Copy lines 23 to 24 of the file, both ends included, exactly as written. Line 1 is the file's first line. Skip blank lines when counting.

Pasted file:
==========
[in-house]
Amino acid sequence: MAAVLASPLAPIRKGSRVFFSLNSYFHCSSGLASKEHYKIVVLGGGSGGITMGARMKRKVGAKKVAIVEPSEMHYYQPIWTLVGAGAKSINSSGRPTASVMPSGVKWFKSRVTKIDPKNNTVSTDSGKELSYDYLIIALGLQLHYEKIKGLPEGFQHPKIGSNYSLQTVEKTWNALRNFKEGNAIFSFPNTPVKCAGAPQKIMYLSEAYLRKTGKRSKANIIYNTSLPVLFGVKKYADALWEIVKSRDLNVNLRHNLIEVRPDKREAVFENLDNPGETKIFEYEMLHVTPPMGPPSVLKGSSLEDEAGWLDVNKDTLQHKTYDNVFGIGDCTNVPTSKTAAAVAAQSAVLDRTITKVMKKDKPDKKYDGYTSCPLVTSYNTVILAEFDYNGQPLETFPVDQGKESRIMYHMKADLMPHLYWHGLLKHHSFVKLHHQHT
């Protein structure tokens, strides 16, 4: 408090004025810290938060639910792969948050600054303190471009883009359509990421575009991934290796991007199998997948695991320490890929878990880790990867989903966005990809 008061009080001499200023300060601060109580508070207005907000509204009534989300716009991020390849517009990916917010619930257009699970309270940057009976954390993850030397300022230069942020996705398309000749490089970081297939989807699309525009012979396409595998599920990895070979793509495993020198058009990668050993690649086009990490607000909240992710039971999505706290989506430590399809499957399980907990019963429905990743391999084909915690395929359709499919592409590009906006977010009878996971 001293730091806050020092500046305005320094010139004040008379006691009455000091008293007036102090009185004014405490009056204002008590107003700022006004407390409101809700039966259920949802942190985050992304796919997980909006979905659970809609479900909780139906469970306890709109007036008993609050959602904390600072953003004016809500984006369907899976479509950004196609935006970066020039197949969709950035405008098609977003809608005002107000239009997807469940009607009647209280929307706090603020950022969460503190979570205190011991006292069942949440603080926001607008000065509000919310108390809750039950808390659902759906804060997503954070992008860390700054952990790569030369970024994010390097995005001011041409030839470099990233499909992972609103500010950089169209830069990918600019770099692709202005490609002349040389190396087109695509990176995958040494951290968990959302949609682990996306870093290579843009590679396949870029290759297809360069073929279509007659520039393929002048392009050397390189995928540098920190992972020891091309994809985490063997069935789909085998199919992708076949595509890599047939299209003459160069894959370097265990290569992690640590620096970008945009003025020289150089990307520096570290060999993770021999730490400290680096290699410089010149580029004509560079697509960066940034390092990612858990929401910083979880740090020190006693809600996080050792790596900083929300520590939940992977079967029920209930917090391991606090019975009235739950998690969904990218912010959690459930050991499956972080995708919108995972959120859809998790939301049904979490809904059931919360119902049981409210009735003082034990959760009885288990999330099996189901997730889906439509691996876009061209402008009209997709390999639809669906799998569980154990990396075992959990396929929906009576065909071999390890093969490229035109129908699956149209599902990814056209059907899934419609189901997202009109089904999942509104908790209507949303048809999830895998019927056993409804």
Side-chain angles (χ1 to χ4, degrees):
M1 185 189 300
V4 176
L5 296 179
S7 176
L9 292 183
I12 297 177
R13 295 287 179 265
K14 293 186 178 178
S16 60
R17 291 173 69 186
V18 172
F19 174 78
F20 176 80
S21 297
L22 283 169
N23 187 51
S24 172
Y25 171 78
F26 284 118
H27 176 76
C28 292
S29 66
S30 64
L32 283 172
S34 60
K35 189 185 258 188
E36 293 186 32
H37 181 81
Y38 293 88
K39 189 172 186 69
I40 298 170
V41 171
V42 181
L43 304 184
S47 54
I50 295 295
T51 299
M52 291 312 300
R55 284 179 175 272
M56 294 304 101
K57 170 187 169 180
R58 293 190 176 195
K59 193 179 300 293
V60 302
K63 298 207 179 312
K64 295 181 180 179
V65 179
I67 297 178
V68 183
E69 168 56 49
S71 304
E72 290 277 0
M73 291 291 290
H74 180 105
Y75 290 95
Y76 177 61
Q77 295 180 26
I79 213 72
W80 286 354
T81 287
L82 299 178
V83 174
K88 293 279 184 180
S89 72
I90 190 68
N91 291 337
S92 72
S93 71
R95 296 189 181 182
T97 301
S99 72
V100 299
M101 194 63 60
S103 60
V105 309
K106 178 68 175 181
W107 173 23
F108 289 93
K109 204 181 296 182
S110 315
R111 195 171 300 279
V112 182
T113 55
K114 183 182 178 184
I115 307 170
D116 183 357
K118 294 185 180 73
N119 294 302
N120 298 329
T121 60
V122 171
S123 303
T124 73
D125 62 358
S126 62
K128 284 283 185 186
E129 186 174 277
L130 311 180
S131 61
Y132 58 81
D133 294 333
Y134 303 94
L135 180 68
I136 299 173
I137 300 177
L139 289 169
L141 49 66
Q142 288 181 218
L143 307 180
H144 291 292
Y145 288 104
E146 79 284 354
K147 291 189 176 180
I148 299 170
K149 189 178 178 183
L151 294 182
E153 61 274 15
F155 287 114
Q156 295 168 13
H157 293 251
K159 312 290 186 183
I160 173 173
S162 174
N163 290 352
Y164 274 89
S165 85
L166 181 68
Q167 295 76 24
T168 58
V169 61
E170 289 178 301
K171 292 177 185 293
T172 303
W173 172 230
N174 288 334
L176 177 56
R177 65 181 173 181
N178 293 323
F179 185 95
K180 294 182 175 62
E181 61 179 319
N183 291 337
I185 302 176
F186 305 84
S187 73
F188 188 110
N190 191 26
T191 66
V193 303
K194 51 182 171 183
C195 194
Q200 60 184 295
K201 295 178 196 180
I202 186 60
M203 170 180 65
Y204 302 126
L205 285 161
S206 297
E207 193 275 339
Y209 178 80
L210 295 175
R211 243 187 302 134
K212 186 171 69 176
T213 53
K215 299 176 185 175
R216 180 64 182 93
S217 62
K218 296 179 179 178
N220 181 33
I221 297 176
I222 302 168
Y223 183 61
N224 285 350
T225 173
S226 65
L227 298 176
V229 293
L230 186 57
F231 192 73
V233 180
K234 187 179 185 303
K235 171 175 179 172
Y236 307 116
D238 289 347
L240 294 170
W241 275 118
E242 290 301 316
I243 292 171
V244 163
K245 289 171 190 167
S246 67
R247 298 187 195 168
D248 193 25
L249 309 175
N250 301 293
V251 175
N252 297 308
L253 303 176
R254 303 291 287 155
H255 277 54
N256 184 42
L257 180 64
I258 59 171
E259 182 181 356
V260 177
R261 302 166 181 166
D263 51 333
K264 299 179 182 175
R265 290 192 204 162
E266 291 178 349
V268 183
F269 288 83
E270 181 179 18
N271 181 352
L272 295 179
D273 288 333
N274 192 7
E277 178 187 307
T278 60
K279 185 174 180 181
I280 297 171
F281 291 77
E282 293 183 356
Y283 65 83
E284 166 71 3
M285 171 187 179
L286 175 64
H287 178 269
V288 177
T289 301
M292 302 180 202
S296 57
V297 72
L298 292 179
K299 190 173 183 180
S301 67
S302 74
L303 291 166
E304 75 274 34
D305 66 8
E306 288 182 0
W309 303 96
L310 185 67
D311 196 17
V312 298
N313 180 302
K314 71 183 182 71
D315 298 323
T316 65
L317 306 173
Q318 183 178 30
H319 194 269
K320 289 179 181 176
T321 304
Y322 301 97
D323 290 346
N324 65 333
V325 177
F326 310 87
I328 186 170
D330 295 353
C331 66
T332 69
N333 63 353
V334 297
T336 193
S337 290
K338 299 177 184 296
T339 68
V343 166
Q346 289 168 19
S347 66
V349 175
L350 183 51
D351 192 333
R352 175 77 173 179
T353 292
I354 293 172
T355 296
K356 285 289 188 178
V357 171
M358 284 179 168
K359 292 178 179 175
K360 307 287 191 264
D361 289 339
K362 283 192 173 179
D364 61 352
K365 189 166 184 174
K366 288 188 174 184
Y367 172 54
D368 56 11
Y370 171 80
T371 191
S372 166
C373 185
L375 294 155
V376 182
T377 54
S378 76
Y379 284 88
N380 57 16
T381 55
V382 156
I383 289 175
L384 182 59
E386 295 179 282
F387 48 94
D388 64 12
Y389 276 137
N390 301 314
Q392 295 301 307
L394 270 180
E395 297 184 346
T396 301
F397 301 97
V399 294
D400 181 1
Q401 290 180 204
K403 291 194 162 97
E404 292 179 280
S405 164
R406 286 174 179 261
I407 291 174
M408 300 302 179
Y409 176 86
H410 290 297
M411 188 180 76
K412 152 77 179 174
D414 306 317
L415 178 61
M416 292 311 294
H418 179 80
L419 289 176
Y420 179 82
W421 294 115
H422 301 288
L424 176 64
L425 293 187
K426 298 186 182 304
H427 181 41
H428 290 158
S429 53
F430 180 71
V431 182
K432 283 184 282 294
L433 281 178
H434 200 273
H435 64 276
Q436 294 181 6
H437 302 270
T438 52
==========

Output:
F26 284 118
H27 176 76